I'm in a discussion with a colleague who believes that kriging should not be used to interpolate a surface from polygon based data (i.e. with kriging applied to centroids), because this effectively translates the spatial uncertainty inherent in any polygon centroid into data error in the kriged surface. I'm sure he's right in principal but cannot help thinking that the uncertainty-error question should not be an absolute argument against the method give that uncertainty is (a) unavoidable and (b) a function of zone size and the degrees to which the data has already been aggregated. I'd be interested to hear views from others, particularly anyone with good experienced of kriging interpolation.

  • I don't think it makes for an absolute argument, but in most cases, it could be an issue, or at least be an unnecessary reduction in the available data by reducing the polygon information down to a single point. However, there are some instances where it would be relatively inconsequential to do this, such as if the polygons are part of a uniform grid and the centroids are equally distributed.
    – TDavis
    Commented Jul 8, 2014 at 14:26
  • I appreciate a relatively even distribution of points would be preferable. But for instance what about postcode/zipcode level data - i.e. with densities over several orders of magnitude? Polygon zones for these may not be available, and even so are probably too much information for many purposes. Wouldnt it be valid to simple krig or use an equivalent interpolation method and work with raster analysis?
    – geotheory
    Commented Jul 8, 2014 at 16:33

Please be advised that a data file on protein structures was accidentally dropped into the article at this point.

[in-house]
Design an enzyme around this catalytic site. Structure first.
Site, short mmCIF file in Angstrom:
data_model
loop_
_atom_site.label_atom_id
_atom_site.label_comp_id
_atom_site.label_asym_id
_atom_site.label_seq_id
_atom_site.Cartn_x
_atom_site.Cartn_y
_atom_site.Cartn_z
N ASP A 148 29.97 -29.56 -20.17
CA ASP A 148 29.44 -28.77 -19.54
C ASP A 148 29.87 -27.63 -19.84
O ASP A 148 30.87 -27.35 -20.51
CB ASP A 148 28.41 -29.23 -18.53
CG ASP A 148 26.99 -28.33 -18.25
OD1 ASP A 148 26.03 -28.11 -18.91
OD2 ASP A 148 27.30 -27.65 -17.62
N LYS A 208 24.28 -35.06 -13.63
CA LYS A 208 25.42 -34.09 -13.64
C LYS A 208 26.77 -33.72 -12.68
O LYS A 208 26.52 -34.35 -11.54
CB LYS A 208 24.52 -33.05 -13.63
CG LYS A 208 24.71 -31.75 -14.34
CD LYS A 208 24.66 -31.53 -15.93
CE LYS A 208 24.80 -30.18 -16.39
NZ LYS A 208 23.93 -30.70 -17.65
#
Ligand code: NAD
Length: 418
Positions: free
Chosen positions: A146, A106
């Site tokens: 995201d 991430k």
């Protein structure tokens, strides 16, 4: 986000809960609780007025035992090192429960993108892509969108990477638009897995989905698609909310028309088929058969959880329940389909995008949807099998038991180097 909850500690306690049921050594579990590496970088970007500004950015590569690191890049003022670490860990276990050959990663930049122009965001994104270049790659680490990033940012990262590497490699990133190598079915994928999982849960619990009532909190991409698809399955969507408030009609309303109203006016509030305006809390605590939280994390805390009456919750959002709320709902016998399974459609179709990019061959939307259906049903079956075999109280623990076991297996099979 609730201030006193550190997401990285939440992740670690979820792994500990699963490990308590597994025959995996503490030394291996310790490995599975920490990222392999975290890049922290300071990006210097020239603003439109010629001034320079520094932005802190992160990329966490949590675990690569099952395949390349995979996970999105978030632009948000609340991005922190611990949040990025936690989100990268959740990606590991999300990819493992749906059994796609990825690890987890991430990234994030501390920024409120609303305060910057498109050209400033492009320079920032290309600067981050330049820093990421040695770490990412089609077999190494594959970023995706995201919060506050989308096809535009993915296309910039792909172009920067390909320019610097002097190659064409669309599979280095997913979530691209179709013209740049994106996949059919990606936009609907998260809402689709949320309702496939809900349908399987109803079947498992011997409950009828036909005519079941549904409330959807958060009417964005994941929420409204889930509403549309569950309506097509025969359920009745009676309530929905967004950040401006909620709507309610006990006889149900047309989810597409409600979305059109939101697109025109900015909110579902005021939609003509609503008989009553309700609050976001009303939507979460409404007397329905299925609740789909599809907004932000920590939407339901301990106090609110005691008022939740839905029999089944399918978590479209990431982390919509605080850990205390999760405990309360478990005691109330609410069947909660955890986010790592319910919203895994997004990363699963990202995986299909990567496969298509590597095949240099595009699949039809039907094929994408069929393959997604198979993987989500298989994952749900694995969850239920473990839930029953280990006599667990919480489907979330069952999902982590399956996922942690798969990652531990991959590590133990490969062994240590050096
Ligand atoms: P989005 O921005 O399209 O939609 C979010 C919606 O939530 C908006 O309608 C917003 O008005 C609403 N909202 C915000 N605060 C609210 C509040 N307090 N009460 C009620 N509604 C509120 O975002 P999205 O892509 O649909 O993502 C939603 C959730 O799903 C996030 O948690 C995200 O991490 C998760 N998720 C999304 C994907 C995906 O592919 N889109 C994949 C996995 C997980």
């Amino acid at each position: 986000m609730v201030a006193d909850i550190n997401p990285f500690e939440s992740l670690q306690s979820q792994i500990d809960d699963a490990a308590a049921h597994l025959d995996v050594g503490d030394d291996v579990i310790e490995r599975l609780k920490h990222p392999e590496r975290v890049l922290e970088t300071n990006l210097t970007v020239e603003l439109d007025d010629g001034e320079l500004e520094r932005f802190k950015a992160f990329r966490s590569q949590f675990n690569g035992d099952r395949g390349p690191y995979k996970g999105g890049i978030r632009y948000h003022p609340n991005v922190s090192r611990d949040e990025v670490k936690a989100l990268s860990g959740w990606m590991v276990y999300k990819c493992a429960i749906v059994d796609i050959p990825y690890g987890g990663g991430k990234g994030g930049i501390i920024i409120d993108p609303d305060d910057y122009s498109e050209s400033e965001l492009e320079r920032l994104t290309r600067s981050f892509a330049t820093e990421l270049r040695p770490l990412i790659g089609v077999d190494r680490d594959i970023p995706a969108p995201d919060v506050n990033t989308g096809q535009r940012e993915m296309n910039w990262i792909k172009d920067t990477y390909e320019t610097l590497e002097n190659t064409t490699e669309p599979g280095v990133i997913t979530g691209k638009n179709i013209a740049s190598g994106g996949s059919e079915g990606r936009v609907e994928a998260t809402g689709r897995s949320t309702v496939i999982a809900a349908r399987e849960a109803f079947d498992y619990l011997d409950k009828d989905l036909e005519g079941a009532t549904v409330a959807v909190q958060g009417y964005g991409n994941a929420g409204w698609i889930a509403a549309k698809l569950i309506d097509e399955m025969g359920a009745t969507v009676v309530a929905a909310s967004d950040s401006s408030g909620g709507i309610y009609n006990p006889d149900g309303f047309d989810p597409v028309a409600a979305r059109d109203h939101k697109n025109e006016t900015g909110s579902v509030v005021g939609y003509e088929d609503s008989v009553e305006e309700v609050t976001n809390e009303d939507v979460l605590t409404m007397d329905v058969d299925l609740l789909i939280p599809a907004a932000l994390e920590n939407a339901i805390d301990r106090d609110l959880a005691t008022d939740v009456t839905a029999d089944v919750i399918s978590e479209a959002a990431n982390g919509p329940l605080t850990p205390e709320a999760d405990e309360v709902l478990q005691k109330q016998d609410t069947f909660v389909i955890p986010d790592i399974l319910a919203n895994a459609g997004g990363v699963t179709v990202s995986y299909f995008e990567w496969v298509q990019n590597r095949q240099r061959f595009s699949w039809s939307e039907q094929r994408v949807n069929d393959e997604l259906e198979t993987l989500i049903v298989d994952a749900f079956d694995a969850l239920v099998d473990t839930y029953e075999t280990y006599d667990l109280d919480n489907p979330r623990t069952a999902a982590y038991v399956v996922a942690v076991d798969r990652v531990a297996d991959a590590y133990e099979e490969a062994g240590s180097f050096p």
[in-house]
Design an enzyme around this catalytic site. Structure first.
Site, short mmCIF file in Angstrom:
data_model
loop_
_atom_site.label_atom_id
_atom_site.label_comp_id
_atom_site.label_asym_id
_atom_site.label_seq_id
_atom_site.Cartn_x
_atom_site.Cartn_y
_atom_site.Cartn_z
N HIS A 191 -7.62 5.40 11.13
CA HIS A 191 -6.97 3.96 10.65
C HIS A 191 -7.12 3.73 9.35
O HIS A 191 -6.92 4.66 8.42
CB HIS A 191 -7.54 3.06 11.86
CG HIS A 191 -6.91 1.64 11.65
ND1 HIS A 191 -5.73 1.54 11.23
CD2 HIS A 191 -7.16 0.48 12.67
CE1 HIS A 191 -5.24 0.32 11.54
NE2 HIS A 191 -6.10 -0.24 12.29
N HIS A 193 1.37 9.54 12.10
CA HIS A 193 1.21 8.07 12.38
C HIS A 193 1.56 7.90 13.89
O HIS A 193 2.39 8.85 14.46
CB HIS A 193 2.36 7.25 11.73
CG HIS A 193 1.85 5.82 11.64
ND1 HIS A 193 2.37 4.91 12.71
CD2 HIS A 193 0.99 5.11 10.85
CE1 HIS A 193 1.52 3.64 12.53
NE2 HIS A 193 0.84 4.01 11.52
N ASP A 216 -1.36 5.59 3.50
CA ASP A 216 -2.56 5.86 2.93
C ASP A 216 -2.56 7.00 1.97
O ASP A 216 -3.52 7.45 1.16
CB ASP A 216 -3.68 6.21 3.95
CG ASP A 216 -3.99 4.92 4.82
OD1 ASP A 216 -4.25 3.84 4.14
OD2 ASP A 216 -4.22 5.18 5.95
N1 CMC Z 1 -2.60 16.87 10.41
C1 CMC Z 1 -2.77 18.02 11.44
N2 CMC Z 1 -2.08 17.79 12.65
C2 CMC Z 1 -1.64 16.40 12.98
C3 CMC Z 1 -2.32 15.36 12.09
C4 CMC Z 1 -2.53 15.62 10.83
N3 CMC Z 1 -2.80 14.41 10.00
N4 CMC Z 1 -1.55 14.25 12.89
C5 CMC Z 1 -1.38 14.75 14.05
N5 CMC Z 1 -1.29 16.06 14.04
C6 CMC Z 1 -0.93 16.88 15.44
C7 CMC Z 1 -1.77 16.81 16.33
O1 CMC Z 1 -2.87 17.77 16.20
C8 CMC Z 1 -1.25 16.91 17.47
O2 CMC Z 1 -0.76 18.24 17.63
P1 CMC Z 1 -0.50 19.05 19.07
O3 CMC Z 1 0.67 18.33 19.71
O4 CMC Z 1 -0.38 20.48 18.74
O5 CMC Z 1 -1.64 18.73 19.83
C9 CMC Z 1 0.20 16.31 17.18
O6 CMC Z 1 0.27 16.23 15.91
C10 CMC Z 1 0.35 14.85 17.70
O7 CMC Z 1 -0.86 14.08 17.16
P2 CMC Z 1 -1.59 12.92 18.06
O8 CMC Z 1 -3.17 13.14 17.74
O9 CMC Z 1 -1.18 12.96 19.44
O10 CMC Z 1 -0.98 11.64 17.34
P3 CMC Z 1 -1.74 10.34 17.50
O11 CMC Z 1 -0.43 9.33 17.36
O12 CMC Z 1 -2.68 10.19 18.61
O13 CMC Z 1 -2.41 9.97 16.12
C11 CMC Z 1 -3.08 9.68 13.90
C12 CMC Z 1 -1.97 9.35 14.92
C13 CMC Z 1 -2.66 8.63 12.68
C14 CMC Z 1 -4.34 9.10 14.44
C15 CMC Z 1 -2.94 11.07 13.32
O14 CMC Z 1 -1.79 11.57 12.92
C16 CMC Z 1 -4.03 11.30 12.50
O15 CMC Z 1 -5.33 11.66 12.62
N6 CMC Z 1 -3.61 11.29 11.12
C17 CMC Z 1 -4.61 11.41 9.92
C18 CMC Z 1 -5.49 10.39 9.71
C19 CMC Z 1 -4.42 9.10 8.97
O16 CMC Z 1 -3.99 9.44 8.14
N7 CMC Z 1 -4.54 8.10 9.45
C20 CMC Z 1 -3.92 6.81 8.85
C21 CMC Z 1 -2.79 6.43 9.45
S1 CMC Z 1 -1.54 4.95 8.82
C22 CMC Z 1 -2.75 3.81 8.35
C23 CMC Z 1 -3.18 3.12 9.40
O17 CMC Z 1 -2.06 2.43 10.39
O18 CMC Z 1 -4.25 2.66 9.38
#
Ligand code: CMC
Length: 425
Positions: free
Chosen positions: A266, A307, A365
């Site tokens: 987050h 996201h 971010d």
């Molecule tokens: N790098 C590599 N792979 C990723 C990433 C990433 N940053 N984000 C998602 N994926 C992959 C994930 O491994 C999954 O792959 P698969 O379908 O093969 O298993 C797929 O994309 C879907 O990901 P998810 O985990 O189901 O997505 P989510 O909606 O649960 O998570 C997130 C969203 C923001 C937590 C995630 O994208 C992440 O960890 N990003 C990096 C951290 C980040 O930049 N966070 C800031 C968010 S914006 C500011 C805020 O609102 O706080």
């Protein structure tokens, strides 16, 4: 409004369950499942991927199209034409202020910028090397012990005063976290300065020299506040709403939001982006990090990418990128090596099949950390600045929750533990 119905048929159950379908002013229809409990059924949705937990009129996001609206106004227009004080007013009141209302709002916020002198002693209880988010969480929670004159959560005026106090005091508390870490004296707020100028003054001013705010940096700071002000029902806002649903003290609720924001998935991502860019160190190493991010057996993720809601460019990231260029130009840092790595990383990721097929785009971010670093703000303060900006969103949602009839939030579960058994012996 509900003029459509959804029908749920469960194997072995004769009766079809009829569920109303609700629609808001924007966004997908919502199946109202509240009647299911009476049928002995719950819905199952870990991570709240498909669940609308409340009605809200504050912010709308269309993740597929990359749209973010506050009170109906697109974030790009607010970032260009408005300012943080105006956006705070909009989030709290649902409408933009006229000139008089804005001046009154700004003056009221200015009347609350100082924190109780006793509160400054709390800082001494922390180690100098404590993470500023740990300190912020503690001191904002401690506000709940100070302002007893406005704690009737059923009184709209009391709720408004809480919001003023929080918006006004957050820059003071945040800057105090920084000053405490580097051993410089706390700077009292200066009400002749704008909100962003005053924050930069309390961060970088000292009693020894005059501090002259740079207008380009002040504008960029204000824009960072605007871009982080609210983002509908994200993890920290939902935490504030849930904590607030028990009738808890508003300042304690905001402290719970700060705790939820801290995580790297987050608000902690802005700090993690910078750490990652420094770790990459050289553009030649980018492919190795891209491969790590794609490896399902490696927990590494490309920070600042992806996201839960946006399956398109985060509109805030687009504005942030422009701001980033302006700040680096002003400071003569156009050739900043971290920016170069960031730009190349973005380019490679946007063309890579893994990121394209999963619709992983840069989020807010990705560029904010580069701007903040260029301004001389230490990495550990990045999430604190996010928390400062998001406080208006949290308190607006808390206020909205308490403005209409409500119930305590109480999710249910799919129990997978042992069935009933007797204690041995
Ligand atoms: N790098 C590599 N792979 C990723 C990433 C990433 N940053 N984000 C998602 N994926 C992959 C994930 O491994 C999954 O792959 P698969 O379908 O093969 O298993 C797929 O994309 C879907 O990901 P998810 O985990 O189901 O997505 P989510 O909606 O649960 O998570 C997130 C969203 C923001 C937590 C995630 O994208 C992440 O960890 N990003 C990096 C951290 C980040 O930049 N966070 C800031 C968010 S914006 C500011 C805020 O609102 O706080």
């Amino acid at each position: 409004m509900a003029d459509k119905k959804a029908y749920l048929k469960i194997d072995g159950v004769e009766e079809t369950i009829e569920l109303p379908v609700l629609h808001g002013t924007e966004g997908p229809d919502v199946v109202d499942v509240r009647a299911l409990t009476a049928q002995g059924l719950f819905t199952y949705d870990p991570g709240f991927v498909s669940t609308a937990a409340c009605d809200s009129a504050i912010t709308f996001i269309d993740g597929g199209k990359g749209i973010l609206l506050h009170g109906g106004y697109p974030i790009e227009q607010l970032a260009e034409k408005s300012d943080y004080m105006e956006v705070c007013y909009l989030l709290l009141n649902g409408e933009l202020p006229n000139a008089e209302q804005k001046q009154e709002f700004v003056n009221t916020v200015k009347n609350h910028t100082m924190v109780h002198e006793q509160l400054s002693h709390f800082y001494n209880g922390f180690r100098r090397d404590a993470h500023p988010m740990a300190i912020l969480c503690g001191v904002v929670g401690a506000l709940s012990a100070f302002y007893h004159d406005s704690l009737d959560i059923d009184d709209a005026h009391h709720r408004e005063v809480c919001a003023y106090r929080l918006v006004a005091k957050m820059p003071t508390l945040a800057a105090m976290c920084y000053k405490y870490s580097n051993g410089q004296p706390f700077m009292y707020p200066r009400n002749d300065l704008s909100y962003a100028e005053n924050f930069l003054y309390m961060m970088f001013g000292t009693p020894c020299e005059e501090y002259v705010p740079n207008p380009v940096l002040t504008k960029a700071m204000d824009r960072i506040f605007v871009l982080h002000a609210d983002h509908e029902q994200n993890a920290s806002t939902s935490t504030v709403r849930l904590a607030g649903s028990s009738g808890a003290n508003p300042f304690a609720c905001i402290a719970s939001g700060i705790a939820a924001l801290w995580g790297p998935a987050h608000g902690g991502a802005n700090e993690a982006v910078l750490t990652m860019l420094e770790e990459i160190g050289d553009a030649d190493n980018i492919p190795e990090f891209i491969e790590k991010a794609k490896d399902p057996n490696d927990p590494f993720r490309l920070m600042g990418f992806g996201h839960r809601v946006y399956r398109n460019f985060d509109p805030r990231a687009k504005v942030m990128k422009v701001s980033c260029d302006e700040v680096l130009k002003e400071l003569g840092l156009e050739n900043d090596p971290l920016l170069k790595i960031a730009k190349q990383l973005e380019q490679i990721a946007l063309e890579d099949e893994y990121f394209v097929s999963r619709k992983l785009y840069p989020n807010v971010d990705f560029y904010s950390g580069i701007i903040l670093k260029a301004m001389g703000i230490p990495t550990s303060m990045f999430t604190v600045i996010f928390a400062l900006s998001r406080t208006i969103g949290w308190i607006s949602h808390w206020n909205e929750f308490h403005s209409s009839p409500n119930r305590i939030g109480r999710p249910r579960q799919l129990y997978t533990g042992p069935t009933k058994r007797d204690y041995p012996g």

• This was implied in your question I think but... kriging will magnify the degree of error in your polygon layer and as @geotheory points out this could be even messier when you factor in various levels of inherent polygon error due to polygon size and/or shape. So, your method might work out ok or it might make a big mess. You need some method of random-sample truthing of the kriged surface to know what degree of error you have ended up with. In general, this sounds like a bad idea though.
    – user23715
    Commented Jul 8, 2014 at 17:54

1 Answer 1


A key question is what "polygon based data" means? Does it mean the spatial average value, is it a count or a classification.

In the case of a spatial average value it is already well known in the geostatistical literature that the kriging equations are easily modified to allow for non-point support data. Next the question if whether you are trying to interpolate the data to point support or to a larger support size. In either case you need to be able to compute the average value of the variogram (an integral) for pairs of points (one in the polygon and one in the larger support size. In practice this is very difficult to program so one would use numerical integration but even that is difficult unless the polygon is actually a rectangle, i.e. a collection of congruent rectangles. In case the data are counts in polygons see a paper by Carol Gotway, J. American Statistical Assn.

If you treat the data values as being associated with the centroid this will introduce unquantifiable errors and will corrupt the kriging variances.

This is somewhat analogous to the application of kriging in mining where the data values are averages over cylindrical cores (typically 12 inches in diameter and 6-8 long, so-called "diamond drill cores"). The objective is to estimate average values for "blocks", typically 40 ft high, 100 ft by 100 ft.

When you partition a region into polygons, the variability "within" the region is split between the total variabilities within the respective polygons plus the variabilities of the average values of the polygons within the region. Similar to what happens in ANOVA, in geostatistics this is known as "Krige's Theorem"

  • Please could you give the exact references?
    – ucsky
    Commented Jan 26, 2022 at 7:11

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